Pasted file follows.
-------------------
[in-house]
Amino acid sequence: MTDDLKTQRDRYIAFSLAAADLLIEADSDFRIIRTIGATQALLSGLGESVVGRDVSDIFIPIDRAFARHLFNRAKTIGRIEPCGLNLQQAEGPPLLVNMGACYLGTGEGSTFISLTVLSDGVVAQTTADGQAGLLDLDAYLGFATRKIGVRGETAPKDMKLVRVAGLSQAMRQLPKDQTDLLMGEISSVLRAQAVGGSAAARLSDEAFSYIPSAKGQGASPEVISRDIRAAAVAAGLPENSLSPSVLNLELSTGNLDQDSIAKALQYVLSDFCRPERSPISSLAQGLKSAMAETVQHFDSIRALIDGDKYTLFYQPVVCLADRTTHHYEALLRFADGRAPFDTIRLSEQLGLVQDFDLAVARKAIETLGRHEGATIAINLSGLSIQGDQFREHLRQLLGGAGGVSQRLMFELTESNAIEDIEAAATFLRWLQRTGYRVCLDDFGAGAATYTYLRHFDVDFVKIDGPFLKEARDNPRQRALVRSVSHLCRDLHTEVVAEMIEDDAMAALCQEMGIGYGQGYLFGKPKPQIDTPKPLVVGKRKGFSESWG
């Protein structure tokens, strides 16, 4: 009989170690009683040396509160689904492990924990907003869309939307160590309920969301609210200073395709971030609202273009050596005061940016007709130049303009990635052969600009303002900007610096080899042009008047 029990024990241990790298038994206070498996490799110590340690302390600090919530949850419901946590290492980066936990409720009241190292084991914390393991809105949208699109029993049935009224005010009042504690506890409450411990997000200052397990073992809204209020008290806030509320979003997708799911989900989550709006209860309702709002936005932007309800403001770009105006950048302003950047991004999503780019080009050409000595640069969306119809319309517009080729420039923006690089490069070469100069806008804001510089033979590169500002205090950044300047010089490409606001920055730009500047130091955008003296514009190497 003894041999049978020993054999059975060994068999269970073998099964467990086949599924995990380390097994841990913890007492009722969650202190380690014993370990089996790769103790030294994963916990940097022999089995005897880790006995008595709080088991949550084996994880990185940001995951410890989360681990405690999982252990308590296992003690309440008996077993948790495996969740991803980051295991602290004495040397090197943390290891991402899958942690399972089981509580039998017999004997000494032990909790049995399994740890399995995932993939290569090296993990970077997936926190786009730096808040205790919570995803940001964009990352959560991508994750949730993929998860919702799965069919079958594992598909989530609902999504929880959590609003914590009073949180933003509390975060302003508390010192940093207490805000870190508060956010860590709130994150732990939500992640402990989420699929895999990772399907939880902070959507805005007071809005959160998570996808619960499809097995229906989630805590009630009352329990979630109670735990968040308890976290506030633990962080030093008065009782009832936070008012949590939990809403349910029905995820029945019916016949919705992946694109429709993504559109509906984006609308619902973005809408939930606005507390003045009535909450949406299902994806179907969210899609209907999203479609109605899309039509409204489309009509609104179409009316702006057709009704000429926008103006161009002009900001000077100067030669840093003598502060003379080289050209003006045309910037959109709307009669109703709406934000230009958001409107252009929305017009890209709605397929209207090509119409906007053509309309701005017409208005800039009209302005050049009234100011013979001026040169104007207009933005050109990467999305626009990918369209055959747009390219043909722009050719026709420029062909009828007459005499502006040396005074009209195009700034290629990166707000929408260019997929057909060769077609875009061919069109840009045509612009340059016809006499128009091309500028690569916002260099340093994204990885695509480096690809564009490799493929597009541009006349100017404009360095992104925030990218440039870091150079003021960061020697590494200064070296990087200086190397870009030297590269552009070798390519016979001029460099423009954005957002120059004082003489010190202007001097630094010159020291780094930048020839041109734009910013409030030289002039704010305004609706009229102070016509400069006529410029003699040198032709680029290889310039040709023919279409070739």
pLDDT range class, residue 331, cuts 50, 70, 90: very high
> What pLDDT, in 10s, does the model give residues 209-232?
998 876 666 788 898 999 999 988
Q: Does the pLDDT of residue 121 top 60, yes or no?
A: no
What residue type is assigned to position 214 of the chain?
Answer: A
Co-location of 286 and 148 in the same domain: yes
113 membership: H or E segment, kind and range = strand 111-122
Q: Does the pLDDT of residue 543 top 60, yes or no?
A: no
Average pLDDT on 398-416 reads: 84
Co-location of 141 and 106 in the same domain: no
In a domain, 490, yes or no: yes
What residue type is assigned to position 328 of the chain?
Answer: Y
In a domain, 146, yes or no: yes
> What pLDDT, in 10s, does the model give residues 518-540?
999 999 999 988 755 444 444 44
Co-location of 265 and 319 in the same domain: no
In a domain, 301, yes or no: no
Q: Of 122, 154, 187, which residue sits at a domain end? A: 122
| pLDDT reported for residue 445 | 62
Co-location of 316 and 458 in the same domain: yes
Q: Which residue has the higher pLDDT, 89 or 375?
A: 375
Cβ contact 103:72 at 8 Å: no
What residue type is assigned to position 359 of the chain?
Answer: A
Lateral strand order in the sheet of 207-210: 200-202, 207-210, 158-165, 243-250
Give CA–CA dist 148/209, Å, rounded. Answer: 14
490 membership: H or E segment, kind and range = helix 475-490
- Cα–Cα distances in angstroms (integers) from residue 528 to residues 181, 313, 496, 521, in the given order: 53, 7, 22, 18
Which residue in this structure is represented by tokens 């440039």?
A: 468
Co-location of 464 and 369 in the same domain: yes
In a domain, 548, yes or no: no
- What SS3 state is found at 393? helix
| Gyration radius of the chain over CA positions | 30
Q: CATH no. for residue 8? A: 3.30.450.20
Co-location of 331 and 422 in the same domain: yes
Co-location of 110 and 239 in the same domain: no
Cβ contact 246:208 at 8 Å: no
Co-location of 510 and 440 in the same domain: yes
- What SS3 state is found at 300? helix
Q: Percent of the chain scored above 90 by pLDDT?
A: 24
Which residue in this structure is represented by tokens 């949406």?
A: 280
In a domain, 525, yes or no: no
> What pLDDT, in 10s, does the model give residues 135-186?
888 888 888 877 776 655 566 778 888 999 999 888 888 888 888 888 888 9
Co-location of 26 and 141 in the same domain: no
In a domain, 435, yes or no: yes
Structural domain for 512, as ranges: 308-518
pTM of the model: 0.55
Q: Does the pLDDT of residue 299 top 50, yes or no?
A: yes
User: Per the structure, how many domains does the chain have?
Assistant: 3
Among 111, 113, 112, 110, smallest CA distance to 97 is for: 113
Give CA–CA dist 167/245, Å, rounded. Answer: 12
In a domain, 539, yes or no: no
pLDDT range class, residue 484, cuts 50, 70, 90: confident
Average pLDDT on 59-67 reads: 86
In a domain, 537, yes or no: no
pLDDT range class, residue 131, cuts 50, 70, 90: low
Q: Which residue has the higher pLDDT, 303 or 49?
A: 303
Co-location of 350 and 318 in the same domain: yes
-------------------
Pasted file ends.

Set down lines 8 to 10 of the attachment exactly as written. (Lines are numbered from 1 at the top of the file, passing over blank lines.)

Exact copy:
A: no
What residue type is assigned to position 214 of the chain?
Answer: A